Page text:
HPV-associated HNSCCs have a distinct etiologic mechanism and better prognosis than those with non-HPV associated HNSCCs. However, even within the each group, there is heterogeneity in survival time. Here, we test the hypothesis that specific candidate gene methylation markers (CCNA1, NDN, CD1A, DCC, p16, GADD45A) are associated with tumor recurrence and survival, in a well-characterized, prospective, cohort of 346 HNSCC patients.
Kaplan-Meier curves were used to estimate survival time distributions. Multivariable Cox Proportional Hazards models were used to test associations between each methylation marker and OST/RPFT after adjusting for known or identified prognostic factors. Stratified Cox models included an interaction term between HPV and methylation marker to test for differences in the associations of the biomarker with OST or RPFT across HPV status.
Methylation markers were differentially associated with patient characteristics. DNA hypermethylation of NDN and CD1A was found to be significantly associated with overall survival time (OST) in all HNSCC patients (NDN hazard ratio (HR): 2.35, 95 % CI: 1.40-3.94; CD1A HR: 1.31, 95 % CI: 1.01-1.71). Stratification by HPV status revealed hypermethylation of CD1A was associated with better OST and recurrence/persistence-free time (RPFT) (OST HR: 3.34, 95 % CI: 1.88-5.93; RPFT HR: 2.06, 95 % CI: 1.21-3.49), while hypomethylation of CCNA1 was associated with increased RPFT in HPV (+) patients only (HR: 0.31, 95 % CI: 0.13-0.74).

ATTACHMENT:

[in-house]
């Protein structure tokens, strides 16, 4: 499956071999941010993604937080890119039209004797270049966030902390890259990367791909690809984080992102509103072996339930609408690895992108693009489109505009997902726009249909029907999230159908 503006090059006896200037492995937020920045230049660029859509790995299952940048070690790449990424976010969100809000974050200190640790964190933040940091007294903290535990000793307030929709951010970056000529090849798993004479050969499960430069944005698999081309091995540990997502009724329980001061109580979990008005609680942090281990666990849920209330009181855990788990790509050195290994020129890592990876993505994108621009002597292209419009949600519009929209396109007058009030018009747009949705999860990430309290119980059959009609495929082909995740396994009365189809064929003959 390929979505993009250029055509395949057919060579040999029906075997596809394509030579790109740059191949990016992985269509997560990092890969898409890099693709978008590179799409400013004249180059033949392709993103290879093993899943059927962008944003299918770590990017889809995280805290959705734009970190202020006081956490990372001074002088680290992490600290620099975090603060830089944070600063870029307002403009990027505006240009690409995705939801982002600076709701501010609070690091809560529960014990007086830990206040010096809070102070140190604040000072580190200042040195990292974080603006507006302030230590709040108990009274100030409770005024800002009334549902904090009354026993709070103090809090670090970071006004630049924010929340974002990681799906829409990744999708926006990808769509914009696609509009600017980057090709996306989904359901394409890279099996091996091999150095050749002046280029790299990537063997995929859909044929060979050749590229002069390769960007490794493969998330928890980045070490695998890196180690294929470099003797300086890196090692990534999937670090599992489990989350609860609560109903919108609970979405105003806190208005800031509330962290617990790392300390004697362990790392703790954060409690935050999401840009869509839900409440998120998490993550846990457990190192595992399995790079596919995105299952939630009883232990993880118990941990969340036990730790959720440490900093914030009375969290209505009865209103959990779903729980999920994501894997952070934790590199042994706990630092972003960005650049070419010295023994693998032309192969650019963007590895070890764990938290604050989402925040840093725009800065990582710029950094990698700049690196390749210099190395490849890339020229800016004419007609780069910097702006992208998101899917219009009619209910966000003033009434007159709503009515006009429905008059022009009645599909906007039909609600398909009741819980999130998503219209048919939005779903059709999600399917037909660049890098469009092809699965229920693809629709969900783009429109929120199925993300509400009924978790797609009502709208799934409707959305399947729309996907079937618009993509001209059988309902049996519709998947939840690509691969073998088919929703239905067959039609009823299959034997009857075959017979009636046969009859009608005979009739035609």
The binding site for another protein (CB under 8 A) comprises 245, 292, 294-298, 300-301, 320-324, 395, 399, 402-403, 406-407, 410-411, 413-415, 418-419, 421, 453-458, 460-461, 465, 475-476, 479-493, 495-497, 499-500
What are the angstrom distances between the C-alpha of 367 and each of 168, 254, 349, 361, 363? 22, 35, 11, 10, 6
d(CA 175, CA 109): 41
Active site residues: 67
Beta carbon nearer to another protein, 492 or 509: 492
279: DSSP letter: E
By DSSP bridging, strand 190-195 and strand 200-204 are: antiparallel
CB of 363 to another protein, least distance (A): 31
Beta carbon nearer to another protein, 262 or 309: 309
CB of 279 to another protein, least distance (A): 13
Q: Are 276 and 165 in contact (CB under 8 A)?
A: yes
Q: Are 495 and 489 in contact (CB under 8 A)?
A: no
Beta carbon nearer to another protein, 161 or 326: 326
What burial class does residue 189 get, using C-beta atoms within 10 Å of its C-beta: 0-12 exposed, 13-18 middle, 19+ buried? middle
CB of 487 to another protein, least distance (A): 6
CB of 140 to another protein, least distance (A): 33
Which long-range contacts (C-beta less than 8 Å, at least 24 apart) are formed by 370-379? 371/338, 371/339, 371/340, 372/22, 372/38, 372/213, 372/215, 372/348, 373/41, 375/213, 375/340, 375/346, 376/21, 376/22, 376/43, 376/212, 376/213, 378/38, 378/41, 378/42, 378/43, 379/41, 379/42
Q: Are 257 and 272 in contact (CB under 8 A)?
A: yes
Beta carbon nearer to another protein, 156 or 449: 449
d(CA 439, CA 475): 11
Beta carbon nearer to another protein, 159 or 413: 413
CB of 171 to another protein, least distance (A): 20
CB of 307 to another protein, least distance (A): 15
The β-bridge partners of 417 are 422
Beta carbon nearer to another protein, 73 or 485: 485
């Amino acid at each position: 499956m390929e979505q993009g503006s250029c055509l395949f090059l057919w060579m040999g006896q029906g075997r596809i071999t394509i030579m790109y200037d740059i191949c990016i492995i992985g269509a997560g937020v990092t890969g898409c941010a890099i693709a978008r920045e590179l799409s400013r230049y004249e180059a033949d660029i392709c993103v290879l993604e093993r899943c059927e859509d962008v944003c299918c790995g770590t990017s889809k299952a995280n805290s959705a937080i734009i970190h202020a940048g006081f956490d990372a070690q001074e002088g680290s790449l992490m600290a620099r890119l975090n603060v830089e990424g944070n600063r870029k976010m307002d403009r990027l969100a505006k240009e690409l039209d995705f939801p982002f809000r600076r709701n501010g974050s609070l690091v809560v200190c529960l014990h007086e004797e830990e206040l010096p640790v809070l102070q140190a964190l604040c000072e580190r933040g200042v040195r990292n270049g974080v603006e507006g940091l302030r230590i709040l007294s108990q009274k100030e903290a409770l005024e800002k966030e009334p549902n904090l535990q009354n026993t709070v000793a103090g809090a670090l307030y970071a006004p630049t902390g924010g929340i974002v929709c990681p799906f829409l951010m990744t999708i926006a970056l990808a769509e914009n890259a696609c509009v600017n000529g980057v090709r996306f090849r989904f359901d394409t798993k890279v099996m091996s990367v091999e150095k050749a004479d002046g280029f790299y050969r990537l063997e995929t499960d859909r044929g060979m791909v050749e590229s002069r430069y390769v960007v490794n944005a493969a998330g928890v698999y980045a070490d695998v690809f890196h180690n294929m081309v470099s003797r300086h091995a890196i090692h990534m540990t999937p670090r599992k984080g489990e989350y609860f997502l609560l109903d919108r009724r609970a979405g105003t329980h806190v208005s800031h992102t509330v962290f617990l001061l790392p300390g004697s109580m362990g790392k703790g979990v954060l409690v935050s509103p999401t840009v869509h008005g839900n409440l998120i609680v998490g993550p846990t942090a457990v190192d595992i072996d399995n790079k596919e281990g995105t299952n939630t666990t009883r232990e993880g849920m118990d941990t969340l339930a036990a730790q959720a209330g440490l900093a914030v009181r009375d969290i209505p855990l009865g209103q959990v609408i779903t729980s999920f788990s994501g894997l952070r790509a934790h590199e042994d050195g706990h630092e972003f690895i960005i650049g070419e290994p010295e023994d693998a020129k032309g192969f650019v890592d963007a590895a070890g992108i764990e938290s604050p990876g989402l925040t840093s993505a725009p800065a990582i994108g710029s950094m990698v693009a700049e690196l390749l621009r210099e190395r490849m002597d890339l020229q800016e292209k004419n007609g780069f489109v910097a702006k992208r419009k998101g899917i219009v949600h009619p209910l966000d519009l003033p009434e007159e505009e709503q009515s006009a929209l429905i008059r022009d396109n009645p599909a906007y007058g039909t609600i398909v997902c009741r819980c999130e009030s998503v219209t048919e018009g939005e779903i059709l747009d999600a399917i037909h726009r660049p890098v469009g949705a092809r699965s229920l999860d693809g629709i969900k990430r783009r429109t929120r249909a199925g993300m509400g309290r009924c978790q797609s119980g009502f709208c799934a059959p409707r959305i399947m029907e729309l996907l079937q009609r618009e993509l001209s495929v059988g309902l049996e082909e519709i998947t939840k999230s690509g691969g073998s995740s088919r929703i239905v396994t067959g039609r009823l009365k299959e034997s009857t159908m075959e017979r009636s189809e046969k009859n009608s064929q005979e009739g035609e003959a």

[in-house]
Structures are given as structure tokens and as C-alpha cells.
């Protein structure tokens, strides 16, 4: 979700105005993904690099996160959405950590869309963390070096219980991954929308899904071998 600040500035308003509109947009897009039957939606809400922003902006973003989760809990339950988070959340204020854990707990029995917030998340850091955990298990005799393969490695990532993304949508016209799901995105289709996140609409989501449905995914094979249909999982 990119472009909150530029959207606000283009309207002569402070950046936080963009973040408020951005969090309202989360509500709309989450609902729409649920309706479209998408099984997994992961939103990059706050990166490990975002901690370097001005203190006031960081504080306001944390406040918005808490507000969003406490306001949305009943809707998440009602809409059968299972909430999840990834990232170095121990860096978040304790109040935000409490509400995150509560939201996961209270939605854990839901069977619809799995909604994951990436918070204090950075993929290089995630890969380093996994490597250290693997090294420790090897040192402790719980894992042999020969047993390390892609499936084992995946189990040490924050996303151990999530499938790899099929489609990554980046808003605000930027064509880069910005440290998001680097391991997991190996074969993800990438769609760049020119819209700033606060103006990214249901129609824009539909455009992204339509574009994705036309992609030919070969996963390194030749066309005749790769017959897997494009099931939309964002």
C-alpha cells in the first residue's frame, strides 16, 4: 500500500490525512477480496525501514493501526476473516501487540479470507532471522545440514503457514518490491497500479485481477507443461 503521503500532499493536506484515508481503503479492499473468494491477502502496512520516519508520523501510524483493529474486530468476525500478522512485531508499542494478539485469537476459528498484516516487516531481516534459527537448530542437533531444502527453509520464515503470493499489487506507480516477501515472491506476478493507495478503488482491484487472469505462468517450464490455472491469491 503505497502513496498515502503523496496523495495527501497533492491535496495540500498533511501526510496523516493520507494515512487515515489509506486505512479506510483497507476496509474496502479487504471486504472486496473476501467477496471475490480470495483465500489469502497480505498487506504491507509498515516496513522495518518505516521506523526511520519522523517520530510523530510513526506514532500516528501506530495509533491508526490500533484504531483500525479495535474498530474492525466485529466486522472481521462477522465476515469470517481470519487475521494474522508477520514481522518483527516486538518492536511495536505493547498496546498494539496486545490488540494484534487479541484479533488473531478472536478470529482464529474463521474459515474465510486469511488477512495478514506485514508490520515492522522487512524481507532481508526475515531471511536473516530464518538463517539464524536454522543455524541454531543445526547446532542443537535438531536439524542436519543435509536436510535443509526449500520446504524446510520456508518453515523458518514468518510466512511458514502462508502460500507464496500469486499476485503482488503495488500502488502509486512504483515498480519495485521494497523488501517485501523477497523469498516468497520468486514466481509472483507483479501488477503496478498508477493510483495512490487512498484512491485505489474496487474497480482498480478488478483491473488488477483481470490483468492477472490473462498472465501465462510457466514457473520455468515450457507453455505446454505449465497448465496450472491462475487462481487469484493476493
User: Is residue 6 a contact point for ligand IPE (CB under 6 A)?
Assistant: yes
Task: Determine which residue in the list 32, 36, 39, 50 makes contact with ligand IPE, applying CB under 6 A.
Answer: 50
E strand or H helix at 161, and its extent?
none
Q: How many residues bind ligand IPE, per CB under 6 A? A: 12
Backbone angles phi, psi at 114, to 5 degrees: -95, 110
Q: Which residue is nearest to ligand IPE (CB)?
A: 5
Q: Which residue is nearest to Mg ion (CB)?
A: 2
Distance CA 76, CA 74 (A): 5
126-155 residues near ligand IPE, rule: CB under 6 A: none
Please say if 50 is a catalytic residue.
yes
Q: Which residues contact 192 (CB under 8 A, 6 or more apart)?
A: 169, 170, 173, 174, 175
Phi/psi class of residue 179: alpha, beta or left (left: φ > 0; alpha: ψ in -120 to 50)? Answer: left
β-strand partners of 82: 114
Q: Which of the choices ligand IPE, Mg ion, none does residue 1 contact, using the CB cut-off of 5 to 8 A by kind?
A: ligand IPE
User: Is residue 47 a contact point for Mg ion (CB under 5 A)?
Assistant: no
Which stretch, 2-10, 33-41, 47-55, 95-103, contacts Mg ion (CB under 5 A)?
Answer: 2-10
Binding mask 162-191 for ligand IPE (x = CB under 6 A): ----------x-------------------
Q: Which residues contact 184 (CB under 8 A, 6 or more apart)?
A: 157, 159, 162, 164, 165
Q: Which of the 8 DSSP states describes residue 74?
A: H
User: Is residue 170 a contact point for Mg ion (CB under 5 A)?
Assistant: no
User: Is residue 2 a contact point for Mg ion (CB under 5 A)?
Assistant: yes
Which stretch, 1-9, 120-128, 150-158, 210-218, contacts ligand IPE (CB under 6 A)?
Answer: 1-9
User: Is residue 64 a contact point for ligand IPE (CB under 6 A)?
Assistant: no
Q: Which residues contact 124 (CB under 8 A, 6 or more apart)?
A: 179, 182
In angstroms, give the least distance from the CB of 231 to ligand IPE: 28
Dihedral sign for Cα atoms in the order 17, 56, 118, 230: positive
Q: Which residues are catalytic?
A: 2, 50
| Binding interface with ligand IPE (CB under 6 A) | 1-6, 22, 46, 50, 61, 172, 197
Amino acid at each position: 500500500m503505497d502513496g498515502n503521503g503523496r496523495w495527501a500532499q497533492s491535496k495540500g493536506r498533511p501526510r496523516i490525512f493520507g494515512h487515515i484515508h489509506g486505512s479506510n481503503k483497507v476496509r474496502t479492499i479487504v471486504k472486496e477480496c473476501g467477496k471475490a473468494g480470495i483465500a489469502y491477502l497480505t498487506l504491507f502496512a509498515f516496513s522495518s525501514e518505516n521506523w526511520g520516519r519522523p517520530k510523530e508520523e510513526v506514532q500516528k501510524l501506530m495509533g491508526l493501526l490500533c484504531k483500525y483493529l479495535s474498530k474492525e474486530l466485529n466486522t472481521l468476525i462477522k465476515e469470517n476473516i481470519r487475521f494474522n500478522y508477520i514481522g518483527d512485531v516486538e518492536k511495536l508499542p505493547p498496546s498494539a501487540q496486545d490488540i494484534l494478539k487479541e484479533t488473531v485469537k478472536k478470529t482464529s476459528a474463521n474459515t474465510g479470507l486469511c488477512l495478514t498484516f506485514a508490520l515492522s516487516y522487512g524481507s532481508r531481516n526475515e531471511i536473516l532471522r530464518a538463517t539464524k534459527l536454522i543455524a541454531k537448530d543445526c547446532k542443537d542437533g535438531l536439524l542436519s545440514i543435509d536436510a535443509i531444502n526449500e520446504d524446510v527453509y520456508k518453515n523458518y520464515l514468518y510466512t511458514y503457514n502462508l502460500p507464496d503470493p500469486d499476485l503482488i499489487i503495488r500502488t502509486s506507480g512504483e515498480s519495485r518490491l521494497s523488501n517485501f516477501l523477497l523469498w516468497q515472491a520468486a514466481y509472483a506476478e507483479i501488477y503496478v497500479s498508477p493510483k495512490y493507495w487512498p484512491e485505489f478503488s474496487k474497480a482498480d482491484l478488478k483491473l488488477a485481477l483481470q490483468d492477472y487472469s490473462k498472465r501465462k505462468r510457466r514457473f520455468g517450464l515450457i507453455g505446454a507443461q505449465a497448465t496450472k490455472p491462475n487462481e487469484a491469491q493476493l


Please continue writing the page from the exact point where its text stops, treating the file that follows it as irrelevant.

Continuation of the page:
This study is the first to describe novel epigenetic alterations associated with survival in an unselected, prospectively collected, consecutive cohort of patients with HNSCC. DNA hypermethylation of NDN and CD1A was found to be significantly associated with increased overall survival time in all HNSCC patients. However, stratification by the important prognostic factor of HPV status revealed the immune marker, CD1A, and the cell cycle regulator, CCNA1 to be associated with prognosis in HPV (+) patients, specifically. Here, we identified novel methylation markers and specific, epigenetic molecular differences associated with HPV status, which warrant further investigation.